October 27, 2009
KEVIN Rudd has declared the road ahead to a deal at the Copenhagen climate change talks will be "rough" and revealed Australia will now take over control & play a key role.
The Australian' Prime Minister has told Labor MPs at a caucus briefing today that Denmark has proposed Australia play a leadership role at the conference, acting as a “friend of the chair” for the purposes of negotiating agreement at the meeting.
Mr Rudd has also revealed “difficult” negotiations are playing out at officials levels and that the deadlock over a carbon pollution reduction scheme remained the most significant debate looming over the final three weeks of Parliament.
The government is pressing the Coalition to cut a deal on an emissions trading scheme ahead of talks in Copenhagen, arguing it would assist Australia's negotiating position if Mr Rudd and Climate Change Minister Penny Wong arrived at the meeting with an ETS agreement for Australia in place.
Australia will join Mexico and the UN secretary-general as a friend of the chair in helping to build consensus over greenhouse gas emissions targets at the meeting.
Mr Rudd told Parliament the decision for Australia to act as a “friend of the chair” followed a request from the Danish Prime Minister.
“Prime Minister Rasmussen - as chair of the Conference of Parties - has asked a number of leaders to work closely with him in the lead up to Copenhagen,’’ he said.
“The leaders engaged by Prime Minister Rasmussen will conduct regular discussions in the lead up to Copenhagen focused on delivering effective action on climate change.
“Leaders' engagement is critical to increase political momentum towards Copenhagen; to capture commitments already made in an ambitious and comprehensive political agreement at Copenhagen; and to guide ongoing negotiations towards a rapid completion of a global treaty.”
Mr Rudd has also used today's party room meeting to accuse the Coalition of playing “dog whistle” politics over claims asylum-seekers are diseased or potential terrorists, stressing Labor will continue to take a hard line on people-smugglers but offer a “humane” response to asylum-seekers.
In a call to action on climate change ahead of the Copenhagen talks, Mr Rudd also raised a parliamentary report that today warned rising sea levels threatened thousands of kilometres of coastline as more evidence Australia needed to act.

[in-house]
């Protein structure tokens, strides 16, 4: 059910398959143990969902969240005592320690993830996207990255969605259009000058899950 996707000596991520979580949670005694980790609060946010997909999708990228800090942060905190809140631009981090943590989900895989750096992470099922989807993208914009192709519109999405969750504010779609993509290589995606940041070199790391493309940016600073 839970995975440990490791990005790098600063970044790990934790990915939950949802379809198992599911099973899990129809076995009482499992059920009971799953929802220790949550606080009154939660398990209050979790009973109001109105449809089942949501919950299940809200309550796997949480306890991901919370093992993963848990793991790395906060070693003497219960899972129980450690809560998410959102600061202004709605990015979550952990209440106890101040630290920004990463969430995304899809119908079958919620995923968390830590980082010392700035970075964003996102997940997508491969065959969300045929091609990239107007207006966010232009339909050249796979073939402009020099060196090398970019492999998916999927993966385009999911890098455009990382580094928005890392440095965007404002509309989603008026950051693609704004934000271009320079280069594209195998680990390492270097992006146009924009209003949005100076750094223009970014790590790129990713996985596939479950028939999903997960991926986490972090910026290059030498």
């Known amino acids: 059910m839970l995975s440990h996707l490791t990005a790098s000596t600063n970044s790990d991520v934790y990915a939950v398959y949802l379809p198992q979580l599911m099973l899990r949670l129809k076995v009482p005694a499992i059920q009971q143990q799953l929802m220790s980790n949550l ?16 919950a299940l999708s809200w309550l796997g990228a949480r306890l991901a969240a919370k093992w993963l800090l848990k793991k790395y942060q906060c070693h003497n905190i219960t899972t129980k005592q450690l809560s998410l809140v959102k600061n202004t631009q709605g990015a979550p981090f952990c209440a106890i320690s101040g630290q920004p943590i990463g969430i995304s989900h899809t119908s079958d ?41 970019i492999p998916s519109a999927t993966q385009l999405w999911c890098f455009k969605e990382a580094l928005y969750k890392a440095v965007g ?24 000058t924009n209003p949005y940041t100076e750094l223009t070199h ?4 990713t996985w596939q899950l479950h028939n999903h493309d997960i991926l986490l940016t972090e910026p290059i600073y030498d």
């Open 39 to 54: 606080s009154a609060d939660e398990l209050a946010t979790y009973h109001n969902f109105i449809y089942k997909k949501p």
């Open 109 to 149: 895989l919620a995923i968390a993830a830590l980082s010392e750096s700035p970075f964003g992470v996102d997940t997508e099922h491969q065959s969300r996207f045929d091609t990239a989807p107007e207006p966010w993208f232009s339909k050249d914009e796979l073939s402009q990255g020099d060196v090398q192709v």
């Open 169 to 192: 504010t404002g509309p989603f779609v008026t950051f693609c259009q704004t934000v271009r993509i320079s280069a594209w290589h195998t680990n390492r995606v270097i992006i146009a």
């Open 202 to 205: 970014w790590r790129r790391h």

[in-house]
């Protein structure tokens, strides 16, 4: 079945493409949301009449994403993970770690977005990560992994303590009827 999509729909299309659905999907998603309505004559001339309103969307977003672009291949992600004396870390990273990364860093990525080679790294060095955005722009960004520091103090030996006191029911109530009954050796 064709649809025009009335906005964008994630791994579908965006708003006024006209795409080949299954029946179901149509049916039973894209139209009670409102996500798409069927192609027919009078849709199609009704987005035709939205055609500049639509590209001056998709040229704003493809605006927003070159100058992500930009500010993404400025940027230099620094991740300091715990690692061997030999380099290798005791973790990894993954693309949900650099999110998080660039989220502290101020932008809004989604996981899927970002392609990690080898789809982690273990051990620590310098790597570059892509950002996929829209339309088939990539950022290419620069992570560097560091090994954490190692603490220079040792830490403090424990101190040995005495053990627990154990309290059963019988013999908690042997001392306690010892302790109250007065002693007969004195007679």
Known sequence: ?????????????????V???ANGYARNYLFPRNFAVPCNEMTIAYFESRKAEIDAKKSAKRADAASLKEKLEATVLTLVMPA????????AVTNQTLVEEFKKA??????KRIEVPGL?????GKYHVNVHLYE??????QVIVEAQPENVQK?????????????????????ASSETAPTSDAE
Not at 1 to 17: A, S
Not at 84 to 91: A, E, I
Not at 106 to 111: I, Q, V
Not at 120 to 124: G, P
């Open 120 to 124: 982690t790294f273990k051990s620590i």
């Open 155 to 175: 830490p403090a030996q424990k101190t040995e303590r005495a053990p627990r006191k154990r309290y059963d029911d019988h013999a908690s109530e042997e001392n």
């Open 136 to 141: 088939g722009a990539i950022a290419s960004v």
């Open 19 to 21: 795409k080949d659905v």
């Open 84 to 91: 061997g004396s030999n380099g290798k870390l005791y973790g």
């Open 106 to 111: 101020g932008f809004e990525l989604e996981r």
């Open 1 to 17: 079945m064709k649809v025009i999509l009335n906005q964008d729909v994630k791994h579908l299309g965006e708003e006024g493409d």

But the Coalition has argued that Parliament should not decide on targets for an emissions trading scheme until it is clear from the Copenhagen talks what action the world plans to take.
Opposition leader Malcolm Turnbull has however offered to negotiate in good faith with the government if it chooses to reintroduce legislation on an ETS before the December talks.
Earlier today, Climate Change Minister Penny Wong conceded an emissions trading scheme won't stop sea levels rising in Australia without global action.
“This is one of the consequences of climate change and we simply can't ignore it,” she told Radio 2UE.
“It confirms the sorts of impacts that we risk. (But) It has to be part of a global solution, we've always said that.
“It is the case that scientists vary in terms of the extent of sea level rise.”
Asked if the government would move to block future coastal developments, Senator Wong said “we need to take a cooperative and coordinated approach”.
“Obviously what governments need to do at all levels is to act on this risk. These are scientific assessments of potential risks and we would be I think irresponsible as politicians to pretend these risks don't exist. That's why we've got to act now. Because of course we know the impacts will worsen if we don't act.”
Nationals Senate leader Barnaby Joyce, a climate change sceptic, dismissed suggestions the report is evidence the Senate should support an emissions trading scheme.
“If we end up with an ETS the sea levels will still rise, you will just have a massive tax when you try and rebuild,” Senator Barnaby Joyce said.